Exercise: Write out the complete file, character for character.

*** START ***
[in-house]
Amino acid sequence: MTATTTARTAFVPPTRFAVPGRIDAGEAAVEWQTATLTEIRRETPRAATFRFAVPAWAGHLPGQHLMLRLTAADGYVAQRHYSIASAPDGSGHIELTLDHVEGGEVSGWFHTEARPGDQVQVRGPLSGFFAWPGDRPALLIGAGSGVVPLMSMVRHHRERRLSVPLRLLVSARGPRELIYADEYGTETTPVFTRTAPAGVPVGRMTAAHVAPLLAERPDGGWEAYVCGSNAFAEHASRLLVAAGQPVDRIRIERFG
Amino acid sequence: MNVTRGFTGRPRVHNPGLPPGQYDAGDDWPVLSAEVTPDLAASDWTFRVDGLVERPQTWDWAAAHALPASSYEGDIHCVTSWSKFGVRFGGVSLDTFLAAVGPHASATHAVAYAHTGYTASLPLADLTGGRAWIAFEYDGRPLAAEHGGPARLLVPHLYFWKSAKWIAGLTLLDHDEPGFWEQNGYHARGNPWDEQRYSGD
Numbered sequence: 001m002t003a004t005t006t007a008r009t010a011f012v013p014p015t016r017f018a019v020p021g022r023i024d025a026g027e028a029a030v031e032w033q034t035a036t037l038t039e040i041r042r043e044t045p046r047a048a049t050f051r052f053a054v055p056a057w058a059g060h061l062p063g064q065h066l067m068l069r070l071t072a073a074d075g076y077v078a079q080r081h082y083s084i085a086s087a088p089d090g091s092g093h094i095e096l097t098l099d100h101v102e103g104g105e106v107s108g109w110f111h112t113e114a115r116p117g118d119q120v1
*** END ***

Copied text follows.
[in-house]
Amino acid sequence: MTATTTARTAFVPPTRFAVPGRIDAGEAAVEWQTATLTEIRRETPRAATFRFAVPAWAGHLPGQHLMLRLTAADGYVAQRHYSIASAPDGSGHIELTLDHVEGGEVSGWFHTEARPGDQVQVRGPLSGFFAWPGDRPALLIGAGSGVVPLMSMVRHHRERRLSVPLRLLVSARGPRELIYADEYGTETTPVFTRTAPAGVPVGRMTAAHVAPLLAERPDGGWEAYVCGSNAFAEHASRLLVAAGQPVDRIRIERFG
Amino acid sequence: MNVTRGFTGRPRVHNPGLPPGQYDAGDDWPVLSAEVTPDLAASDWTFRVDGLVERPQTWDWAAAHALPASSYEGDIHCVTSWSKFGVRFGGVSLDTFLAAVGPHASATHAVAYAHTGYTASLPLADLTGGRAWIAFEYDGRPLAAEHGGPARLLVPHLYFWKSAKWIAGLTLLDHDEPGFWEQNGYHARGNPWDEQRYSGD
Numbered sequence: 001m002t003a004t005t006t007a008r009t010a011f012v013p014p015t016r017f018a019v020p021g022r023i024d025a026g027e028a029a030v031e032w033q034t035a036t037l038t039e040i041r042r043e044t045p046r047a048a049t050f051r052f053a054v055p056a057w058a059g060h061l062p063g064q065h066l067m068l069r070l071t072a073a074d075g076y077v078a079q080r081h082y083s084i085a086s087a088p089d090g091s092g093h094i095e096l097t098l099d100h101v102e103g104g105e106v107s108g109w110f111h112t113e114a115r116p117g118d119q120v1